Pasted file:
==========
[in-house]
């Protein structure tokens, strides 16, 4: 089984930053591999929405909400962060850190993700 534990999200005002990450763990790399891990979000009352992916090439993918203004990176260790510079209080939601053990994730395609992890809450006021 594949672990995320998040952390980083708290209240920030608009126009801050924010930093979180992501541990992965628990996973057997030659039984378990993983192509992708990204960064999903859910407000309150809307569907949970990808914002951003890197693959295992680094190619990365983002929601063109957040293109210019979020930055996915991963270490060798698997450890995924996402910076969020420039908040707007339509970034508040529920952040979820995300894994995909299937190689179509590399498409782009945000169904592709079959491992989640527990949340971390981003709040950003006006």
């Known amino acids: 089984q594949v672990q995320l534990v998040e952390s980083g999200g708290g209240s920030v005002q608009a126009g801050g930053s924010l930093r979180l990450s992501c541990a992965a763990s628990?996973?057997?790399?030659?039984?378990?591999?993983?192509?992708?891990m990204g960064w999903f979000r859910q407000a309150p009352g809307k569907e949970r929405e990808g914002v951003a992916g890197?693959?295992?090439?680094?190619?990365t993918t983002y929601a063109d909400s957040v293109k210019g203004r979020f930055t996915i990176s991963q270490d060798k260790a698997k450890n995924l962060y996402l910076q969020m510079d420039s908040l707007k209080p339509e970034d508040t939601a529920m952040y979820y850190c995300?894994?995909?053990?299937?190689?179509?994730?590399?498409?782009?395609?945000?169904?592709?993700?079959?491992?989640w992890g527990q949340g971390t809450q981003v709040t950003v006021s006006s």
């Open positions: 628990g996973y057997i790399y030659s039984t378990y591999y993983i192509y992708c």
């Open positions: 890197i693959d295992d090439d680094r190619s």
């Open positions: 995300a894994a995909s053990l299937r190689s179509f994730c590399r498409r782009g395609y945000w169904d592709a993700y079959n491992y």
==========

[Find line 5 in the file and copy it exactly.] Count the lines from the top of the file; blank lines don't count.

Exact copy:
């Open positions: 890197i693959d295992d090439d680094r190619s």